Shots near funeral of Struggle, SANDF stalwart anger minister
These were the words of Defence and Military Veterans Minister Nosiviwe Mapisa-Nqakula after gunshots were fired outside the NY 49 stadium in Gugulethu during the funeral of former Major-General Mxolisi Petane on Saturday. Petane was laid to rest at Maitland Cemetery with full military honours.
When the shots were fired Mapisa-Nqakula was at the podium addressing mourners.
After a brief pause, Mapisa-Nqakula told the mourners the gunshots meant Petane’s legacy was being undermined.
“About hundred metres away from here there is shooting by criminals. As we are sitting here we have heard gunshots from this direction, you can rest assured it is from Philippi or Nyanga.
"There is no respect I think in such instances really there is a way we can reinforce,” said an angry Mapisa-Nqakula.
“It is time for us to review the policy. We can’t be held ransom by criminals,” she added.
“Today we have a SANDF which stands for peace and has a duty to protect, but what can we do to provide support the police will need, we need to review our policies,” said Mapisa-Nqakula.
“We have seen so many people dying and that is not the freedom we fought for, and that is not the South Africa we wanted where criminals are wreaking havoc, where criminals are killing their own mothers, where criminals are raping their own grandmothers.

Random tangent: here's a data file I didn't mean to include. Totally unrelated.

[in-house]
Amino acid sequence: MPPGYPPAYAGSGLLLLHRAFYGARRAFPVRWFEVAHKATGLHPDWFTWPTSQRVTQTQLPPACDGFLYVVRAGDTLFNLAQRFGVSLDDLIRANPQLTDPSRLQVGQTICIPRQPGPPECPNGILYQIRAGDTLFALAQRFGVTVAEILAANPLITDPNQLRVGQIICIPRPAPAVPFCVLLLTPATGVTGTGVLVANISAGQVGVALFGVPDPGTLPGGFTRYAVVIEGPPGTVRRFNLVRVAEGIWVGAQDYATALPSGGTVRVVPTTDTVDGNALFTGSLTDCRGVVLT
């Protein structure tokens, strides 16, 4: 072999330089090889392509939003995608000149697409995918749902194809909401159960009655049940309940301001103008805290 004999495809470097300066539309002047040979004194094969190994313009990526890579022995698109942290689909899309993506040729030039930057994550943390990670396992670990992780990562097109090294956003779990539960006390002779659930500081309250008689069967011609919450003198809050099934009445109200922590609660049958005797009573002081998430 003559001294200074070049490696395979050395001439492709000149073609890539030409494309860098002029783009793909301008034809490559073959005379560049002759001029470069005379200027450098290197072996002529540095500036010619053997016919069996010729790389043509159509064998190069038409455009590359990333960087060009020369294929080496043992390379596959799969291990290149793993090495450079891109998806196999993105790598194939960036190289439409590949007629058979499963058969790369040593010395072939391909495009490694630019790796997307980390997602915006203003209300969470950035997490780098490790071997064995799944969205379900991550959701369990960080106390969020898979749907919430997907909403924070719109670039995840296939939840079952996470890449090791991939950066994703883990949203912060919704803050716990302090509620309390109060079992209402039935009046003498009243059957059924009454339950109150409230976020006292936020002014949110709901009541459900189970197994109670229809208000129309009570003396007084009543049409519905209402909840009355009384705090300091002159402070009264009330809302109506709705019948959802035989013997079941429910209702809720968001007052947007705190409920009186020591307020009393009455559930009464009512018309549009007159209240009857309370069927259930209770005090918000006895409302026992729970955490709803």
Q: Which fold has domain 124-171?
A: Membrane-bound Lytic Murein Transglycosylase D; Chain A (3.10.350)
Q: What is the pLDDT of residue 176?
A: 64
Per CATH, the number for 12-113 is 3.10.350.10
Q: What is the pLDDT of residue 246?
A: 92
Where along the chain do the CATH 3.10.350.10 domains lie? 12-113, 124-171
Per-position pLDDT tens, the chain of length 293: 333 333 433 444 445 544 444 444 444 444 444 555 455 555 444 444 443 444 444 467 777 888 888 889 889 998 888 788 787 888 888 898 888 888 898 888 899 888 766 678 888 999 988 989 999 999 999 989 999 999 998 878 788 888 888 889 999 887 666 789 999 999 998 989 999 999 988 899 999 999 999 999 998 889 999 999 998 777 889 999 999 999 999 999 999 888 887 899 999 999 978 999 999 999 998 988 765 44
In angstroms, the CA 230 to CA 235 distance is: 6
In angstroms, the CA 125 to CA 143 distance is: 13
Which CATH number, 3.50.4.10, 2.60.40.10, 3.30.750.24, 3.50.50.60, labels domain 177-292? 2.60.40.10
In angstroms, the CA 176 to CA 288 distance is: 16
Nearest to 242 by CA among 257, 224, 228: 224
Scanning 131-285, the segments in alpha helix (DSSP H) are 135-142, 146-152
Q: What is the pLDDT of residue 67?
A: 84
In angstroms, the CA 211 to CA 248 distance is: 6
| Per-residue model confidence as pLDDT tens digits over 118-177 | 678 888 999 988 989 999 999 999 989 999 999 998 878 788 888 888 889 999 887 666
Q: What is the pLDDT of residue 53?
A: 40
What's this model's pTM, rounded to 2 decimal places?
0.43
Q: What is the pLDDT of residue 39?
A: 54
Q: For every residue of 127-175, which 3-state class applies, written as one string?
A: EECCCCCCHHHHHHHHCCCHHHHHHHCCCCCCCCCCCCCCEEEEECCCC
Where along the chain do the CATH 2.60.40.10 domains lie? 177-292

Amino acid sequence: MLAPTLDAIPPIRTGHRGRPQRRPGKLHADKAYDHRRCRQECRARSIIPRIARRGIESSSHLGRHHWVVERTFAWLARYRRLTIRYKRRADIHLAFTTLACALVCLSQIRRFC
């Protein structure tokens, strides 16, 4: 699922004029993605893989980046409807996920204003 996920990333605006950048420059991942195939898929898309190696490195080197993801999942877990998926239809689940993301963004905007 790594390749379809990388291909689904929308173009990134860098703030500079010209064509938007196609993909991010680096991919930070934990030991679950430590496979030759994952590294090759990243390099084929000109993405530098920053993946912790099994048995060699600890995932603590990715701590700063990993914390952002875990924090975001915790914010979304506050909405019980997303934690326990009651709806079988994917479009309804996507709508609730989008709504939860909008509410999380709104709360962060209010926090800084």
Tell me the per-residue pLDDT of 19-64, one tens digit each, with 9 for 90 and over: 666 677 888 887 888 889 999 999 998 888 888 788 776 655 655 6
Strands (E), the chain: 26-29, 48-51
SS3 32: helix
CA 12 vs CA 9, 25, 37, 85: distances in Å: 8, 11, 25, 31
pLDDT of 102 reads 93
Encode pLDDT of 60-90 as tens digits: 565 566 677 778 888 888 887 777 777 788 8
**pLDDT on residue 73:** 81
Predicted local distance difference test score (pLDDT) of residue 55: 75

“When we heard such (gun) shots we should worry about who is next. What is it we need to do to educate our young people about the kind of South Africa we wanted,” she said.
The destruction of public property was also criticised, with SANDF chief General Solly Shoke telling the mourners how painful it was to witness students “burning institutions of learning”.
“I think it’s about time South Africans stand up and defend the gains of our revolution,” he said.
Petane, 59, who was also a former Robben Island prisoner, died from natural causes at 1 Military Hospital in Thaba-Tshwane in Pretoria two weeks ago and was a former Umkhonto we Sizwe member.
He was born in Retreat in 1958 and his family was relocated to Gugulethu due to the forced removals policy of apartheid.
Nqakula said Petane was “a true son of the soil, a principled patriot, a dedicated professional, a freedom fighter, an unsung hero, a quiet, humble, dignified and compassionate comrade and friend”.